Pan fried fish can be as good or better than deep fried fish...
depends on how you do it. I like a pan fried fish with no flour or
coatings other than seasonings. This pan fried fish recipe is not
blackened fish, but the fish is browned.
I use a big non-stick pan, you can use a cast iron skillet if you
wish. Remember; sticking can be a problem if the pan is not prepared
correctly. I prepare my pan by putting it on a high fire and
spraying a light coat of cooking spray on it. Let it to continue to
heat until it just starts to smoke. Then turn the fire off and let
it cool for at least 10 minutes. You can do the same thing with a
cast iron skillet.
I used catfish filets to do this, you can use any fish you can
Emeril's Fish Rub (or any combination of seasonings you like)
2 tbs. butter
Season all the filets by sprinkling the seasoning and pressing it
into the meat.
Get a spatula to handle the fish. If you have 10-12"
filets cut them in half unless you're using a fish spatula; it's all
about handling the fish easily without breaking it up when it's
almost cooked. You may also want to use a splatter shield.
Before we start, understand that we're going to work with heat
Heat the pan on medium heat and add the butter. When the butter
is melted put some fish in the pan. Leave it on one side for about
three to four minutes. Move them around every so often to
assure they're not sticking Flip one piece to check the brownness. If
it's partially browned flip them all and continue to cook until the
other side is browned. NOW, we've got our browning done so let's
finish the cooking. Turn the heat down to med-low and continue to cook
until it's done. When is it done? How can I tell?
Let's stop here... cooking time depends on the thickness of the
Testing the degree of doneness is as simple as taking your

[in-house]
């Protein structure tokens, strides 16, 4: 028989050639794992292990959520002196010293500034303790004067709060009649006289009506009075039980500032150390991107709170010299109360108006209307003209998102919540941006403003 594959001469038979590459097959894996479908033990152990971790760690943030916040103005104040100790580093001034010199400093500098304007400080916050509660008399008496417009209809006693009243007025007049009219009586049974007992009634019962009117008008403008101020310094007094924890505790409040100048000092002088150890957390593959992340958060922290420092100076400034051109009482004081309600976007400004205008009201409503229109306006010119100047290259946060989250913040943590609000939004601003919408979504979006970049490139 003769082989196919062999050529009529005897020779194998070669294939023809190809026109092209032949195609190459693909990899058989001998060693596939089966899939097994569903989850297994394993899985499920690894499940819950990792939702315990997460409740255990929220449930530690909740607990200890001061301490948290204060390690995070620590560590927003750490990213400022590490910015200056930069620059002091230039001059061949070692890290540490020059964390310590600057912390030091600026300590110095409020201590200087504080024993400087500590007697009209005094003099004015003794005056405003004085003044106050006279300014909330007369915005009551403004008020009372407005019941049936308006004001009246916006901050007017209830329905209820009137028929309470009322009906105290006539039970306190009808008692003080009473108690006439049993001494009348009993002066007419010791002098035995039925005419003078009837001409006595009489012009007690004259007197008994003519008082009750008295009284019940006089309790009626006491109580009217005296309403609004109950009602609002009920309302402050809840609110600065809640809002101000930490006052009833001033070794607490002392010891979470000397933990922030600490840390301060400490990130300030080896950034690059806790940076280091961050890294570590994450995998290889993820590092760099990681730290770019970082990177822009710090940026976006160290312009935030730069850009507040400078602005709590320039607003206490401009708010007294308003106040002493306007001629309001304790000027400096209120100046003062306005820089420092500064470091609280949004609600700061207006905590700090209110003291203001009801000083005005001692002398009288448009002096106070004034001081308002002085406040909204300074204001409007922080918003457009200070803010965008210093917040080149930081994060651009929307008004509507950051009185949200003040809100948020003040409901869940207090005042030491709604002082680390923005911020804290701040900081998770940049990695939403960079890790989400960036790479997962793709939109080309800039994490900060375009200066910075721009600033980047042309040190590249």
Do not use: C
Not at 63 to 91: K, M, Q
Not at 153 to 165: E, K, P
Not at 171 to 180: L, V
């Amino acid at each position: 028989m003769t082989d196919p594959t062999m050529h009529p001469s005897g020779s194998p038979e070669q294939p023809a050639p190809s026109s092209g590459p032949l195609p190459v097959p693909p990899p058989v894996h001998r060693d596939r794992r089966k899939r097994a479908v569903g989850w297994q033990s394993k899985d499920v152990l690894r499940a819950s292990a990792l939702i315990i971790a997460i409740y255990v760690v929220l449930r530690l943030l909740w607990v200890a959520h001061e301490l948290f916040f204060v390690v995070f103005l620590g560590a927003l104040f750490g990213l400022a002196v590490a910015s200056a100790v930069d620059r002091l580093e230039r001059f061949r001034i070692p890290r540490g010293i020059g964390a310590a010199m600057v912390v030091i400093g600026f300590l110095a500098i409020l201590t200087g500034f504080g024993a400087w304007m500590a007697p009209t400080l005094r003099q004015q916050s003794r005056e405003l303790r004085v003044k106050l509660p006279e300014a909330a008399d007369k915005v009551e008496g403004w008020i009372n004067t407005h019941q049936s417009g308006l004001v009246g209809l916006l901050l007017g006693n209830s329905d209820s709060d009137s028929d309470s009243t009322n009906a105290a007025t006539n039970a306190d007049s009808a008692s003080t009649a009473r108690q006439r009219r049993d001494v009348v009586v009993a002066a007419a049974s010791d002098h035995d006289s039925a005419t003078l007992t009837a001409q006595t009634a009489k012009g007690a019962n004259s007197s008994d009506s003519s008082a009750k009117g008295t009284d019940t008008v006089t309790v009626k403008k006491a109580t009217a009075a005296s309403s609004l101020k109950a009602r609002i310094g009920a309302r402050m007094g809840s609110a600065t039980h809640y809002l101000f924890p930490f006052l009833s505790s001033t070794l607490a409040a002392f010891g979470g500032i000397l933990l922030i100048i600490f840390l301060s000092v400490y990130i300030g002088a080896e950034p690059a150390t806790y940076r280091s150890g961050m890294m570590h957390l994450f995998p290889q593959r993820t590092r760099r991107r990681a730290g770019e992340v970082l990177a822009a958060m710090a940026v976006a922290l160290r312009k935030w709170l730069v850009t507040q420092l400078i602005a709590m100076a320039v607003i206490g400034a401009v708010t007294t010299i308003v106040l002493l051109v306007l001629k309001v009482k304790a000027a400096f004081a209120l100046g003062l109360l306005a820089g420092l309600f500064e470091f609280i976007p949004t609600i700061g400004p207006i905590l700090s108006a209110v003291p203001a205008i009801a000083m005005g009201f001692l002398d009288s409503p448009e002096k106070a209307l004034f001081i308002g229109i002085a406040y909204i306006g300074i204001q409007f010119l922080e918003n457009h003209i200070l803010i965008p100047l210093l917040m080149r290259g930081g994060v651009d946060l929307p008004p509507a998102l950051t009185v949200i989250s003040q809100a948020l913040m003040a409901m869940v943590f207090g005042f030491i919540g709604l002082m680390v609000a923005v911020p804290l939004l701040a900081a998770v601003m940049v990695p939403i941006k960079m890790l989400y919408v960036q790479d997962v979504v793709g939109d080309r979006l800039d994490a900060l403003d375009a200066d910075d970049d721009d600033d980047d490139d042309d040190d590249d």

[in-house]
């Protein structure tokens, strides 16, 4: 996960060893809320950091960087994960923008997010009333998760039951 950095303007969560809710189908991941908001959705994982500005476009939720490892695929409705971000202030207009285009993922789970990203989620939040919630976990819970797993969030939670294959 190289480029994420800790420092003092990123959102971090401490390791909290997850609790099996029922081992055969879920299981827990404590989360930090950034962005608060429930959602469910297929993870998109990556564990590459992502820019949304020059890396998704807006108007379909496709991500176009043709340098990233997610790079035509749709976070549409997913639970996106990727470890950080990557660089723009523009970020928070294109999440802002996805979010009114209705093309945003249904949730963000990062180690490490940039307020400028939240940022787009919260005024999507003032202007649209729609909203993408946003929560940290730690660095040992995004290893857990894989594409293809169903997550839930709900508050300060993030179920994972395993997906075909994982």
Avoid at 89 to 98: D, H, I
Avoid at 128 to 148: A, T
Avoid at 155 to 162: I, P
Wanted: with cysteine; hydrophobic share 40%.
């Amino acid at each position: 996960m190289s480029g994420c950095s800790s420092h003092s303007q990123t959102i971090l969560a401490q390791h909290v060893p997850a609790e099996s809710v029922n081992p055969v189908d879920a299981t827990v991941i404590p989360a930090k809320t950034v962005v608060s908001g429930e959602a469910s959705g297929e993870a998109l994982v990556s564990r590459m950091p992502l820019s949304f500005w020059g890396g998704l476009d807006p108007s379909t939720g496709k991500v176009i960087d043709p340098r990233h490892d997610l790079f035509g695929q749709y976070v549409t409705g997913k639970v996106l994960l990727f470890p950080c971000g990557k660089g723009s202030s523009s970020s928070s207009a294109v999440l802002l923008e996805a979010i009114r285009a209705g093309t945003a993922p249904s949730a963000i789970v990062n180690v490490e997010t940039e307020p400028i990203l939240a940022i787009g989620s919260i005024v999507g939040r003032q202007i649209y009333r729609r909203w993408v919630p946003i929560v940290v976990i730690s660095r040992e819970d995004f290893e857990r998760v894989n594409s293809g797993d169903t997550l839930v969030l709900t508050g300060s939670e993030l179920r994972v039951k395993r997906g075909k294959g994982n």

spatula and gently pushing on the thickest part of the filet in the
spinal bone line. If you actually have to push it's not done. If you
very gently push and the meat separates... it's done.
Here's what it looks like in pictures. This the level of brown I
like. Notice the amount of oil in the pan...very little.
Here the fire is lower and I'm testing doneness on the spinal
line (the thickest part of the meat) with the spatula.
Once it's out of the pan put six or eight drops of lemon juice on
each piece. Not to much, you just want a tinge of lemon flavor. If
you have other sauces you like on your fish go for it. This recipe
is not a secret seasoning venture but more so a "how to"
I didn't tell you this up front but the side for this meal was
angel hair pasta.
Boil the pasta on the side and strain.
Here's what I'm thinking... We have a pan with butter and fish
grimeens (bits of browned meat left after cooking)... not letting
that go to waste right? I sautéed some
purple and green onion in the fish pan. Threw the pasta in and sprinkled a little
Cajun seasoning and parsley flakes on it. Stirred it up and
"bingo"... a simple side.
Enjoy your meal!